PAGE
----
Revolut is seeking to win customers from payday lenders after launching a product which allows employees to access their wages early.
The £24bn financial technology company will let users draw up to half their accrued salaries ahead of time through the scheme, called Payday, and is in talks with several businesses to sign them up.
It will advance staff money from their pay packets for a fee of £1.50 per transaction amid a scramble to convince more customers they should pay their salary into a Revolut account.
Salary advance schemes are not covered by credit rules and remain unregulated in the UK, although the City watchdog has previously warned they could encourage borrowers to enter a cycle of debt.
Revolut – which last month raised $800m in a deal valuing it as Britain’s biggest ever privately owned tech business – is seeking to develop a “superapp” of financial products featuring everything from current accounts to cryptocurrency trading and holiday rentals. It applied for a full UK banking licence in January.
Analysts said the latest product launch will allow Revolut to accelerate its growth as a lender without being burdened by regulatory red tape. It remains a small player in traditional borrowing in the UK.
Adam Davis, head of client services at the fintech consultancy 11:FS, said: “Revolut is not big in lending, except in Eastern Europe, but this is lending they can facilitate with less complexity, from a regulatory perspective.”
The salary advance product sets Revolut up as an alternative to payday lenders that charge very high interest rates. One of the most notorious, Wonga, collapsed in 2018.
It also provides an alternative to the surge in “buy-now-pay-later” rivals, such as Sweden’s Klarna, which was valued at $46bn at its last financing.
These companies let consumers buy products in instalments, but have been criticised for encouraging people to spend more than they can afford.
Revolut said that Payday “removes the financial stress” and “avoids reliance on high-cost credit products such as payday loans”.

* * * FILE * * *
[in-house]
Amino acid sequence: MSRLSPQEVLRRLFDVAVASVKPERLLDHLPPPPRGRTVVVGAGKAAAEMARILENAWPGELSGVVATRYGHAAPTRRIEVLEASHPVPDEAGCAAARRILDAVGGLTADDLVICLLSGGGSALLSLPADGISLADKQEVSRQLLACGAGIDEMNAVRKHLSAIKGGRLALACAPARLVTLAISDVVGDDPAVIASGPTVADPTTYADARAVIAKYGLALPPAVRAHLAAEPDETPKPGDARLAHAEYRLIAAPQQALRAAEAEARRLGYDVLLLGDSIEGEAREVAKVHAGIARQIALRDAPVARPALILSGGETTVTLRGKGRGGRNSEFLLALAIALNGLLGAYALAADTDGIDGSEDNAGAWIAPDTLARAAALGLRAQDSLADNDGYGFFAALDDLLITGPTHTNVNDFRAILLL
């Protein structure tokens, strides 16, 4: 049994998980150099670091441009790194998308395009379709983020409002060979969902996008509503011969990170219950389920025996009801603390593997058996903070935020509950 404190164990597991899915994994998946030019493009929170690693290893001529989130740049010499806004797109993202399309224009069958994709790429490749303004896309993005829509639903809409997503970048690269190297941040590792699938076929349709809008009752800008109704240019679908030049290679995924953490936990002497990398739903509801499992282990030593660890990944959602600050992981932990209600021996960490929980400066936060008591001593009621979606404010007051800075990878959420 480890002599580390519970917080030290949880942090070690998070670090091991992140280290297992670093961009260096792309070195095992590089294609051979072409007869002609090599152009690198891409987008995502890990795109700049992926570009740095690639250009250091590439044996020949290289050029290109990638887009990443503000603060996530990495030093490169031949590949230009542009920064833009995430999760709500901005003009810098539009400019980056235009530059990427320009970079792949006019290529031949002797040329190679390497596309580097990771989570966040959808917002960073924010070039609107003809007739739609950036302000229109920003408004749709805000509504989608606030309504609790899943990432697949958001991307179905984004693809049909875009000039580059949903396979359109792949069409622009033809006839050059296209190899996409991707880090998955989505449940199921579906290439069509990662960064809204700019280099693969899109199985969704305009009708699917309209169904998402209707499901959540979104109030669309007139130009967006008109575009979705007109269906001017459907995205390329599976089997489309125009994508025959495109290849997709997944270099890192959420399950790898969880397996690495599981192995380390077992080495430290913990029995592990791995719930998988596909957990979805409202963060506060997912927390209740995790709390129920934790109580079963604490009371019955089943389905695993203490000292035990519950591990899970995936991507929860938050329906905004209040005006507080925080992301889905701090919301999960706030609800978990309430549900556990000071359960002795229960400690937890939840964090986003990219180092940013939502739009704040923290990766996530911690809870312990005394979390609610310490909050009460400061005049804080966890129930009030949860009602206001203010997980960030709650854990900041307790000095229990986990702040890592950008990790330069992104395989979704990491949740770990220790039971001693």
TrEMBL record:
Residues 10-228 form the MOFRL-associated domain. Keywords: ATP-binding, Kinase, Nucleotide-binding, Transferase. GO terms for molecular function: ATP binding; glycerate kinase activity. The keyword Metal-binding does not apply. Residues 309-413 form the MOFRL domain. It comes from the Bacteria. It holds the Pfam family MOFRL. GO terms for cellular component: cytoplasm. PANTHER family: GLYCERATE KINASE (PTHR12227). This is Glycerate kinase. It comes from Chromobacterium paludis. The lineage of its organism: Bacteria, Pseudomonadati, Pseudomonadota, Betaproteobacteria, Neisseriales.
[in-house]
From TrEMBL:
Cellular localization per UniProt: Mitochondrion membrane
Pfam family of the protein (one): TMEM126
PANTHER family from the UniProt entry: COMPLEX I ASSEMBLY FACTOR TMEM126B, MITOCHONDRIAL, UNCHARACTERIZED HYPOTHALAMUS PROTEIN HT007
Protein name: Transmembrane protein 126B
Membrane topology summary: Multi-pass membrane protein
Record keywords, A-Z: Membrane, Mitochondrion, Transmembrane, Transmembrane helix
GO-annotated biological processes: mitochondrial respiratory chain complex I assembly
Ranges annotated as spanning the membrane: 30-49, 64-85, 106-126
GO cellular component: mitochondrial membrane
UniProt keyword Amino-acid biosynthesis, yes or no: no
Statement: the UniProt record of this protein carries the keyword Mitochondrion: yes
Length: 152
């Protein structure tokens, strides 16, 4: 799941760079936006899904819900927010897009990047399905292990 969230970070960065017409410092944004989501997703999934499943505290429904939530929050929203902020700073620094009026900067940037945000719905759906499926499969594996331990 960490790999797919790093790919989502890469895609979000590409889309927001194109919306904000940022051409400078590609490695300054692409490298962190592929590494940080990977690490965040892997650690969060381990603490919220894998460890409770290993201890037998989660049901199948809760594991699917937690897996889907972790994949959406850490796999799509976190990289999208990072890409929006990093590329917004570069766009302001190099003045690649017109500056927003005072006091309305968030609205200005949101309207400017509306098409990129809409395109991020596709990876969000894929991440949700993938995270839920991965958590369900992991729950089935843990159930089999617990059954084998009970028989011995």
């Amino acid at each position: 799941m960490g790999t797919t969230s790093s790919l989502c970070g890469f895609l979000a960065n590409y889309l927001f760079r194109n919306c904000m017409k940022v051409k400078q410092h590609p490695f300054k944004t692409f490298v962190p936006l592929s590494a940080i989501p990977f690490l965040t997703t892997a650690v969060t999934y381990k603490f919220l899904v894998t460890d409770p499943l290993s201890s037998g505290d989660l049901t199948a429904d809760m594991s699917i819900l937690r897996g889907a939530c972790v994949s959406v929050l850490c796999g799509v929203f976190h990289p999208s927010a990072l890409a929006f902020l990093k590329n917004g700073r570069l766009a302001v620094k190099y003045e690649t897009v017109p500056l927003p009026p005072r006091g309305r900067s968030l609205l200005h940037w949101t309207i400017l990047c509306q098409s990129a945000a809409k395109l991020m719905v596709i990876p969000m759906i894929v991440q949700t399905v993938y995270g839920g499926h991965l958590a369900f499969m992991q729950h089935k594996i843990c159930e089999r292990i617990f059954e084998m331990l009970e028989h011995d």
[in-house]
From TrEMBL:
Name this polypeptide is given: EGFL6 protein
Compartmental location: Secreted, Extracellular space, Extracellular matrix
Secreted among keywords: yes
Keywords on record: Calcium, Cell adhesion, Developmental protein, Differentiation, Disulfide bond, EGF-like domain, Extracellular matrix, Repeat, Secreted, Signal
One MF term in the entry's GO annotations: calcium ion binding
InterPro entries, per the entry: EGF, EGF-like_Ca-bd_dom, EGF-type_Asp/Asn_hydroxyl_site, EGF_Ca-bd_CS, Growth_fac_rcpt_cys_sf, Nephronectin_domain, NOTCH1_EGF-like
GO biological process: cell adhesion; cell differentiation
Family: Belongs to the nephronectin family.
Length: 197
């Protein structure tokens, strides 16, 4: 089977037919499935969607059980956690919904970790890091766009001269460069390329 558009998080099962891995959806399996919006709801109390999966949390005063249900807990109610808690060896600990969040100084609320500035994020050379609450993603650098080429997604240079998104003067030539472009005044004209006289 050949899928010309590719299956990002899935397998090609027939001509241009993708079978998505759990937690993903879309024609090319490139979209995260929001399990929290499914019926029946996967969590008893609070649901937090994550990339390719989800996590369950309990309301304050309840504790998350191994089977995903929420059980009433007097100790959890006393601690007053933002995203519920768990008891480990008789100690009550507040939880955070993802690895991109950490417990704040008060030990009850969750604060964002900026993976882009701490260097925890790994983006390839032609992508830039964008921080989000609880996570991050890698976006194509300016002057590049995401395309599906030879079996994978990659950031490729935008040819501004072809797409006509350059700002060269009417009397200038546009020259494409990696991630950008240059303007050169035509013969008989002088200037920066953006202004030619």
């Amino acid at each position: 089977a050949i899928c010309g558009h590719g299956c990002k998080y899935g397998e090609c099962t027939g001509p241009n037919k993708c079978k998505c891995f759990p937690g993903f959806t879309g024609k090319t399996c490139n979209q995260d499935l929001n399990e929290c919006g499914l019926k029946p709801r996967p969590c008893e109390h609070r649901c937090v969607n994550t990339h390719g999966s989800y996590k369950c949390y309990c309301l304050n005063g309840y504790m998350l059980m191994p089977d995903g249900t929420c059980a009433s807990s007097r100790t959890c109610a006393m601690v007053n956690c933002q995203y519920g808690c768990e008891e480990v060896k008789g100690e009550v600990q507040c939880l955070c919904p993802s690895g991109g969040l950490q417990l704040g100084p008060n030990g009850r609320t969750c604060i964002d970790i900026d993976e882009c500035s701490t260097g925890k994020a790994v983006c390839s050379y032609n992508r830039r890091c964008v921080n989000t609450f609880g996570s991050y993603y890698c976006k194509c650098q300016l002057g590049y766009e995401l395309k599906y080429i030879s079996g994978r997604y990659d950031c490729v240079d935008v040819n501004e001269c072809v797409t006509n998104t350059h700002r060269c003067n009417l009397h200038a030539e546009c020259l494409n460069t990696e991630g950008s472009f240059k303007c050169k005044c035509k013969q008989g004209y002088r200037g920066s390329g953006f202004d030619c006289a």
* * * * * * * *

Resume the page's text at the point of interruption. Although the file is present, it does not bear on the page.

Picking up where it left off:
However, the service is still likely to expose the SoftBank-backed fintech app to accusations that it is seeking to profit from vulnerable borrowers.
The Financial Conduct Authority warned in July last year that salary advance schemes risk encouraging consumers to live hand-to-mouth.
It said: “If an employee takes their salary early, it is more likely they will run short towards the end of the next payday, potentially leading to a cycle of repeat advances and escalating fees.”
Like other financial technology apps, Revolut has been looking for new ways to make money from its 16m users – many of whom have primary bank accounts elsewhere.
Its revenues in 2020 rose to £222m, while losses doubled to £201m. This was partially offset by the surging value of Revolut’s cryptocurrency holdings, which produced a £38.7m windfall.
‘Money they can’t afford’
Products such as Payday could encourage more people to adopt Revolut as their primary current account.
It is understood that the business will only provide access to 50pc of a borrowers’ accrued wages, and will include alerts in the app if people are borrowing too frequently. There will be no block on borrowing to fund risky purchases, such as cryptocurrencies, although Revolut has built-in safety tools for users to limit gambling purchases.
Justin Modray, director of Candid Financial Advice, said the scheme could be more cost effective for consumers than other short-term loans. However, he added: “The one big negative is it becomes easier for people to spend money they cannot afford."
Advance salary payments do not not require a credit check, and may not impact credit history.
In a review for the FCA by its former chief executive, Christopher Woolard, published in January, no regulation was recommended for the early salary access market because it was in its infancy.
But his report also said: “Nonetheless, the market should continue to be monitored and if the position changes, the question of bringing employer salary advance schemes within the FCA’s remit should be re-considered.”